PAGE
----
If I am separated from my husband or wife, what happens if I die?
There are 3 situations which arise frequently in relation to people who have died in relationships:
Will validly executed
Under section 14 of the Wills Act 1970, a Will is revoked when a deceased person’s marriage ends unless there is a contrary intention in the Will. The end of a marriage is when a divorce takes effect under the Family Law Act 1975 (Cth). In this situation, the separation does not affect the deceased person’s Will or the distribution of assets under the Will.
No valid Will
Under section 15 of the Administration Act 1903, a de facto partner will gain rights to the assets of the deceased person’s estate.
Unlike a legal marriage, there is no formality with respect to the creation and the cessation of a de facto relationship and a Court would need to interpret the facts of a case to determine if there was a marriage-like relationship. There is also the possibility under the law that there is a de facto relationship at the time of a marriage and there can also be circumstances where there are more than one de facto relationships. The onus of proof that there is a de facto relationship rests with the person asserting that they were in a de facto relationship.
Whether a person is a de facto partner may be a complex question and a Court may be required to make a declaration. Each case is different and there may be complexity arising from the relationship which may suggest that there was a de facto relationship. The person may be no more than a girlfriend or a boyfriend at the time of the person's death.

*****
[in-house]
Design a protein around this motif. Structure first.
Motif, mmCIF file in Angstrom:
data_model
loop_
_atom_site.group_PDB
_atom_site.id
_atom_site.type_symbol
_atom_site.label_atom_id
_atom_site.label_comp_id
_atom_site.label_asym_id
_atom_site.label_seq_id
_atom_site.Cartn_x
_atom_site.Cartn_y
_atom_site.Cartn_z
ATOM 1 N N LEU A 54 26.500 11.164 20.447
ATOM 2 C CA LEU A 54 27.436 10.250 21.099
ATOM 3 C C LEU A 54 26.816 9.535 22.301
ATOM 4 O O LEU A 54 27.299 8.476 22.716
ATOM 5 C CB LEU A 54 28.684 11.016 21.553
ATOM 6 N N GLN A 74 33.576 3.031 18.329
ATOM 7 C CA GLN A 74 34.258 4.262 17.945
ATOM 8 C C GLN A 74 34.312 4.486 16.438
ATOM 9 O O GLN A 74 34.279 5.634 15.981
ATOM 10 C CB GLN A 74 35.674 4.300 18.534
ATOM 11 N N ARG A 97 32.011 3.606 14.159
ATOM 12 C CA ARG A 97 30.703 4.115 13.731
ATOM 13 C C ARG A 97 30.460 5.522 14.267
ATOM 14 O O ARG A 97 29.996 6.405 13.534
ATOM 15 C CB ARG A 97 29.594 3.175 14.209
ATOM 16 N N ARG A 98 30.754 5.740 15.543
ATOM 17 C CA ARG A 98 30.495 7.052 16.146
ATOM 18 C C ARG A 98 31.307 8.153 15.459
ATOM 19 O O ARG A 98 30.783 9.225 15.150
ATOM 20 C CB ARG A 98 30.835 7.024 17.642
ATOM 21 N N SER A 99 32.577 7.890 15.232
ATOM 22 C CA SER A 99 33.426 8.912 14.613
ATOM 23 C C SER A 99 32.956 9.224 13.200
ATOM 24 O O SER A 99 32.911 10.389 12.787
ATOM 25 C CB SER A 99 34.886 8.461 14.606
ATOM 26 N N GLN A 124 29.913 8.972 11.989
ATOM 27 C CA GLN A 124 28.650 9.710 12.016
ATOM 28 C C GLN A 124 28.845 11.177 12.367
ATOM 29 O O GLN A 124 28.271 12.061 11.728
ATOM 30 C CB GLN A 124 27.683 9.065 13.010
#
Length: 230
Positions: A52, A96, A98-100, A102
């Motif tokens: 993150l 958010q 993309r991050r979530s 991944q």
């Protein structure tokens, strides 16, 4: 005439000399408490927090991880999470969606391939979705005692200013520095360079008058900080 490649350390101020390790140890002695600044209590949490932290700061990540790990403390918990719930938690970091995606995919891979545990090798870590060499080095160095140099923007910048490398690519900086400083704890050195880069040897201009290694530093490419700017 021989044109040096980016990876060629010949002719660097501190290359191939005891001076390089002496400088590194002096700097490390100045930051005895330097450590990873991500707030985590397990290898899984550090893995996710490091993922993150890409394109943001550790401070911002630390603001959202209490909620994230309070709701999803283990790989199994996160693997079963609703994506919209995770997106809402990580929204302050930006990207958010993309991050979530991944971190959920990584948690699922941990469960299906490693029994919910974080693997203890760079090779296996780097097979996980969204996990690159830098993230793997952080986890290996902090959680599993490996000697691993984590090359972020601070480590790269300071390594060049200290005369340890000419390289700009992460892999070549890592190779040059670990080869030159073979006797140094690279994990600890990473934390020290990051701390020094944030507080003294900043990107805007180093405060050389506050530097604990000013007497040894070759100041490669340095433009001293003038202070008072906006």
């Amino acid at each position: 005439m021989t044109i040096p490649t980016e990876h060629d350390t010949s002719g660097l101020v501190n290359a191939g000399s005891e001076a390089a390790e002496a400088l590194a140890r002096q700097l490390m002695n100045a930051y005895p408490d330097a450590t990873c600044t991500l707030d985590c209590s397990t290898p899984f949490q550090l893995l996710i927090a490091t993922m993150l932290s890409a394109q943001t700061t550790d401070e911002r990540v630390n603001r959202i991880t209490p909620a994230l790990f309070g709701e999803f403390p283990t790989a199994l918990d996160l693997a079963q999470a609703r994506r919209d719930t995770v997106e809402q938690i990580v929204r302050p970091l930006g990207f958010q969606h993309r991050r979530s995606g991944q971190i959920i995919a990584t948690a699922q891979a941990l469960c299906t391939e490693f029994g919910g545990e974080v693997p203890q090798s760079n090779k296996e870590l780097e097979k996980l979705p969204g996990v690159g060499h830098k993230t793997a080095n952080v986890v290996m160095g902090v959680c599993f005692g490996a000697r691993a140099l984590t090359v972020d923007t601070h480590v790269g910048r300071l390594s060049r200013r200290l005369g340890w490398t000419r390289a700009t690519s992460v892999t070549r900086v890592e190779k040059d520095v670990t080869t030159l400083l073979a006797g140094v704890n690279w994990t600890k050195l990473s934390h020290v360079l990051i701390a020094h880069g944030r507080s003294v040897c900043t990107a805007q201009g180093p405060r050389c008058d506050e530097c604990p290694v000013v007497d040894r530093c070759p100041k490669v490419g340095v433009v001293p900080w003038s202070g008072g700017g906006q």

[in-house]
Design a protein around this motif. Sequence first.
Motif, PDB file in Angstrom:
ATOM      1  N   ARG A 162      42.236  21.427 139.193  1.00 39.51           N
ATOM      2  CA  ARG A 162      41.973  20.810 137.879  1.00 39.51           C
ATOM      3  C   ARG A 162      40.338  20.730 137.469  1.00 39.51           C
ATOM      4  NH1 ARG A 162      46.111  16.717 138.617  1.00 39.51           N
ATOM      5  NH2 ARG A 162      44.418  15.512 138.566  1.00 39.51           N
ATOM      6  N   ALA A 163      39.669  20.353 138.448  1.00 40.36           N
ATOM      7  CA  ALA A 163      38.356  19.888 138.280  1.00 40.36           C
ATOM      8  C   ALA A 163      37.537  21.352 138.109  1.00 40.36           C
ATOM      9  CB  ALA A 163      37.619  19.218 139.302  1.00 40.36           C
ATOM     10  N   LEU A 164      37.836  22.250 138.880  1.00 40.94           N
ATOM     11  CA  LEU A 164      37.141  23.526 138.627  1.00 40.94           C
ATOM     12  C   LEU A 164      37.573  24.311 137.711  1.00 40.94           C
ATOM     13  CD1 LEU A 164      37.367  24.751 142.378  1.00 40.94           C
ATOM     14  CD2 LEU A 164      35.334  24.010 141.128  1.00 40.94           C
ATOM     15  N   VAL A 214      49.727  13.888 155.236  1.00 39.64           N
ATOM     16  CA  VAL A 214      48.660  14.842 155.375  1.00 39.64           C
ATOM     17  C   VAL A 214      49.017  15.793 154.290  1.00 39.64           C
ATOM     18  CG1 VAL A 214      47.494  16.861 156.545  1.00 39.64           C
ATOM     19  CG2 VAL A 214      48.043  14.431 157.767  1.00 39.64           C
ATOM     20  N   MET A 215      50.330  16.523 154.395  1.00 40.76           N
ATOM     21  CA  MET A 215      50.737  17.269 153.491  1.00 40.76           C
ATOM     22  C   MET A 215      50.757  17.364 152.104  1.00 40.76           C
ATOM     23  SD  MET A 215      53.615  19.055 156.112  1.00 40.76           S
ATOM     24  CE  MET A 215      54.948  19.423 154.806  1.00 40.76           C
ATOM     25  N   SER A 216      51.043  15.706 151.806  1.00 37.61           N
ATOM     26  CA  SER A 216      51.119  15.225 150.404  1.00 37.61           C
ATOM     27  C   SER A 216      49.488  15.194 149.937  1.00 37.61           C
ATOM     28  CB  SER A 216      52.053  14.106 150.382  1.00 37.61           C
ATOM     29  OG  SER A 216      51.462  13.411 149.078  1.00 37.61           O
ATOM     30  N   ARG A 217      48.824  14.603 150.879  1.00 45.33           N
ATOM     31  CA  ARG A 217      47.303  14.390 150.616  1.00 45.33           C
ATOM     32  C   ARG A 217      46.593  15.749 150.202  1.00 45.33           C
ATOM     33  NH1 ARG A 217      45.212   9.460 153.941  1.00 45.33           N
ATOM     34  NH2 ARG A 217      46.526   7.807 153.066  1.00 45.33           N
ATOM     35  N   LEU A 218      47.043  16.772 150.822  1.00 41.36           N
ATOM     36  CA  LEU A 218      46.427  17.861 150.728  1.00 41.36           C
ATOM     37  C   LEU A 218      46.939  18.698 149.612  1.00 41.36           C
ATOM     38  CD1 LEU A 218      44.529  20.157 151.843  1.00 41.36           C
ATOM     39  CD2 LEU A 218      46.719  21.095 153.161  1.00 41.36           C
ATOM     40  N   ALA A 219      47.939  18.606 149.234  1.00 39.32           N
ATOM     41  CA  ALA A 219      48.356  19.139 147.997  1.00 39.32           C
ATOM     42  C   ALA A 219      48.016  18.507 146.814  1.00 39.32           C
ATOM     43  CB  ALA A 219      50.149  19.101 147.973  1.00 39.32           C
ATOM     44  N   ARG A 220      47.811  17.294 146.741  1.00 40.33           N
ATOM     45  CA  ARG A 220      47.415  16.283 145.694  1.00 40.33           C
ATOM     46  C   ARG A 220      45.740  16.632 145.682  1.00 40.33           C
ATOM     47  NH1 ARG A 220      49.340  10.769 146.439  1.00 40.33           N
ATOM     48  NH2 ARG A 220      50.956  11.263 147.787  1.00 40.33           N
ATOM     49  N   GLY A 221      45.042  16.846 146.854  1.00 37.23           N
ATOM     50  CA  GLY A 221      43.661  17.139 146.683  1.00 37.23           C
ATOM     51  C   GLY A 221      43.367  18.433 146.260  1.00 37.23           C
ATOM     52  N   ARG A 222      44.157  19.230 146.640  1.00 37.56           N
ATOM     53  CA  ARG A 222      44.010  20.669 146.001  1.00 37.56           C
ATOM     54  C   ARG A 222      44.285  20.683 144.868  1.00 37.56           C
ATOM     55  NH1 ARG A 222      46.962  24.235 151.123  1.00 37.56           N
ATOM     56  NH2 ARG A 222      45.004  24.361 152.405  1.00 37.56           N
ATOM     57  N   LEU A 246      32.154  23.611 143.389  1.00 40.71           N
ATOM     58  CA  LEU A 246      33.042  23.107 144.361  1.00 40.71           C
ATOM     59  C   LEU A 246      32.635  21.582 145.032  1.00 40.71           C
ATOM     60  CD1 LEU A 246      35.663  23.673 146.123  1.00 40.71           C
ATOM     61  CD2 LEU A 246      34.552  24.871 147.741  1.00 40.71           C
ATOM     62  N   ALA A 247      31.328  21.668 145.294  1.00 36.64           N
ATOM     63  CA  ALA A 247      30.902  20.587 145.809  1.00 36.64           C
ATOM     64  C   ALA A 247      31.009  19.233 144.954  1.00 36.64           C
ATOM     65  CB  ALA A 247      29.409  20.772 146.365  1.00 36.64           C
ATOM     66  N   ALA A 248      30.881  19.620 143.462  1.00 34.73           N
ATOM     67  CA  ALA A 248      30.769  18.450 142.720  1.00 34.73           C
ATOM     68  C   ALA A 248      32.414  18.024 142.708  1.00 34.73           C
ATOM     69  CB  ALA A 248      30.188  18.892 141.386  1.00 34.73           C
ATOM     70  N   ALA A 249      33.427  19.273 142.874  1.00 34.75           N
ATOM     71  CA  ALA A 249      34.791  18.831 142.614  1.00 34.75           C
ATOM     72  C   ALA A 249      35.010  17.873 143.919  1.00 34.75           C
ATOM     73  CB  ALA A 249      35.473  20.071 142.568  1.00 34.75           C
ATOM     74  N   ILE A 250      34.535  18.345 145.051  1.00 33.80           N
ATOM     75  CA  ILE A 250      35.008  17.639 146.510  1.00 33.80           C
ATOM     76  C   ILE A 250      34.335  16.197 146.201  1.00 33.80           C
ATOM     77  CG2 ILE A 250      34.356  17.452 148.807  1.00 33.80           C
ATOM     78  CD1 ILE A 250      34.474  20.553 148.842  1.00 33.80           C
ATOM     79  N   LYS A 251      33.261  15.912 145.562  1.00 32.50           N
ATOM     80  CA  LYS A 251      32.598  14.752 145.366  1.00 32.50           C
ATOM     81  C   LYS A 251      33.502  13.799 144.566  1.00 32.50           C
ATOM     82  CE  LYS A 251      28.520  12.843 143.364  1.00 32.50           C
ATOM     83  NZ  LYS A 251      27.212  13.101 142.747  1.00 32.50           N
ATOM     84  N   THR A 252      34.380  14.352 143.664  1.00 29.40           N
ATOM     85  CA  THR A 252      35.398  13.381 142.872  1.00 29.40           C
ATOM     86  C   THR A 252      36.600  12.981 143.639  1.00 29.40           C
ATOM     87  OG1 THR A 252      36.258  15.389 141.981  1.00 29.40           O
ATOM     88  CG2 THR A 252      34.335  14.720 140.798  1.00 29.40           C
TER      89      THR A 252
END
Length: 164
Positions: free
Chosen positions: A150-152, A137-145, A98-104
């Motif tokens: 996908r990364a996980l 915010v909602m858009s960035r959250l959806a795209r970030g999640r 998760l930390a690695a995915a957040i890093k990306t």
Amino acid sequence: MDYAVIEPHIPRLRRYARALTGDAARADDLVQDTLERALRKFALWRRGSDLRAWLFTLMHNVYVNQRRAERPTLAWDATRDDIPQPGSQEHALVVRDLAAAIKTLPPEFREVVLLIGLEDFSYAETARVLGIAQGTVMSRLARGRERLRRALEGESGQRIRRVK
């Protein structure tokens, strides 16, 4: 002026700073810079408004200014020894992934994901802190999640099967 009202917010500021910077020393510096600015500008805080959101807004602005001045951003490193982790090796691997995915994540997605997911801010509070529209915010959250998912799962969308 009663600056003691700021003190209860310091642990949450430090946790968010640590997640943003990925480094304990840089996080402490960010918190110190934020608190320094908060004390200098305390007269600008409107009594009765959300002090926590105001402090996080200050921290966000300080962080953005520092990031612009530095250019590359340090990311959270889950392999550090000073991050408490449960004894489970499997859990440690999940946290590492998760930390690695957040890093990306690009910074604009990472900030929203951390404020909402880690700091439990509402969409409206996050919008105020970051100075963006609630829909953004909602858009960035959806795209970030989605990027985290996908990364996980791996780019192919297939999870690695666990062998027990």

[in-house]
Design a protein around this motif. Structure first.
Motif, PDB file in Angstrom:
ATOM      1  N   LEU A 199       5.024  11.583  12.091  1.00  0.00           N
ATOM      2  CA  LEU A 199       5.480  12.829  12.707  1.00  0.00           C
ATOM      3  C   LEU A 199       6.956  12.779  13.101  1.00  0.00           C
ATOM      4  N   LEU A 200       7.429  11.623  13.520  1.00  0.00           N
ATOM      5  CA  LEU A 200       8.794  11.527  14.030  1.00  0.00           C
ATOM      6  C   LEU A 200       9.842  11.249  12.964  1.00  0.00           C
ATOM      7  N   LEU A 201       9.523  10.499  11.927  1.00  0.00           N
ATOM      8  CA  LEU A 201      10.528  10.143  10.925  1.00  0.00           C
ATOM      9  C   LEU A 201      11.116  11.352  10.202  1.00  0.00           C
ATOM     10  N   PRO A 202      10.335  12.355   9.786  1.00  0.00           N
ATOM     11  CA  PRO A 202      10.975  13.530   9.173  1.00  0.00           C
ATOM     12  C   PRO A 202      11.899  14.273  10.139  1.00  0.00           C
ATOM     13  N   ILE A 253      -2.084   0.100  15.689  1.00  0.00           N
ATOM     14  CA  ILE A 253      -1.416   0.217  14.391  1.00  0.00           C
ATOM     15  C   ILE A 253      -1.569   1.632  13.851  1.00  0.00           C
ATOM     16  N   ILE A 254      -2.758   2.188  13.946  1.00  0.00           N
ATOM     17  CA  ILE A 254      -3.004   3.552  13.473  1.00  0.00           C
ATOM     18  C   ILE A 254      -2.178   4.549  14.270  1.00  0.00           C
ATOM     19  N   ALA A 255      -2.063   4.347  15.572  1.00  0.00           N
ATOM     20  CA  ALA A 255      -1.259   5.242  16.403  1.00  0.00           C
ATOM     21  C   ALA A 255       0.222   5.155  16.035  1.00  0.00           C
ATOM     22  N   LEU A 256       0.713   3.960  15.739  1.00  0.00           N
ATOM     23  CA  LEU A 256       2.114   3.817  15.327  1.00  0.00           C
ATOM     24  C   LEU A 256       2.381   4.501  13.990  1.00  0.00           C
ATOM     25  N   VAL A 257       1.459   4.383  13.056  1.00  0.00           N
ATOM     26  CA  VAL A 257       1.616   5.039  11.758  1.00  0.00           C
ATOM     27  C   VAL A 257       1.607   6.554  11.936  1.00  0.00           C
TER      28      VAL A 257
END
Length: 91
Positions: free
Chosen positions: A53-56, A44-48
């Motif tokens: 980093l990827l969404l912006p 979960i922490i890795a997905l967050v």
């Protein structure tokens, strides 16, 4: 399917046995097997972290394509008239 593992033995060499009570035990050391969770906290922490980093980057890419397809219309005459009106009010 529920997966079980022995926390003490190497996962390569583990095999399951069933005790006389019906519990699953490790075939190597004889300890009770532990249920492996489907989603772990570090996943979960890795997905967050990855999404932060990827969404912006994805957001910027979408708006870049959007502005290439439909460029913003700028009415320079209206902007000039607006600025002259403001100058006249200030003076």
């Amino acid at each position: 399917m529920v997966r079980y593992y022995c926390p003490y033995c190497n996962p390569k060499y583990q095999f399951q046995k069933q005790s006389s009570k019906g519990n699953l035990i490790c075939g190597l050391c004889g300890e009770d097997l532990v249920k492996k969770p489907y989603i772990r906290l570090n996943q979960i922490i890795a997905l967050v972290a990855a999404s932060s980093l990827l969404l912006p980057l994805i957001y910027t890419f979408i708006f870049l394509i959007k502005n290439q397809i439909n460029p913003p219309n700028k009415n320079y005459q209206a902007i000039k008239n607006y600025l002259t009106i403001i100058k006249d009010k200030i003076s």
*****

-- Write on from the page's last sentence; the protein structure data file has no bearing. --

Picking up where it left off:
The Trustee of the superannuation fund will be required to exercise their discretion in relation to the payment of a death benefit. This may depend upon whether there was a de facto relationship or a relationship of interdependence at the date of death.
A Trustee of a superannuation fund will consider submissions made by the parties and any decision of the Trustee can be appealed.
Inadequate provision made for a spouse or de facto partner
In WA, a spouse or de facto spouse may make an inheritance claim under the Family Provision Act 1972 if they wish to challenge the validity of the deceased’s Will (or codicil), or more generally to obtain a greater inheritance under the deceased’s Will. Any Family Court proceedings and financial settlements will be relevant to determining whether inadequate provision has been made.
Even if the deceased died without a valid Will, a spouse or de facto partner may challenge the distribution of the deceased’s estate made under the Administration Act 1903.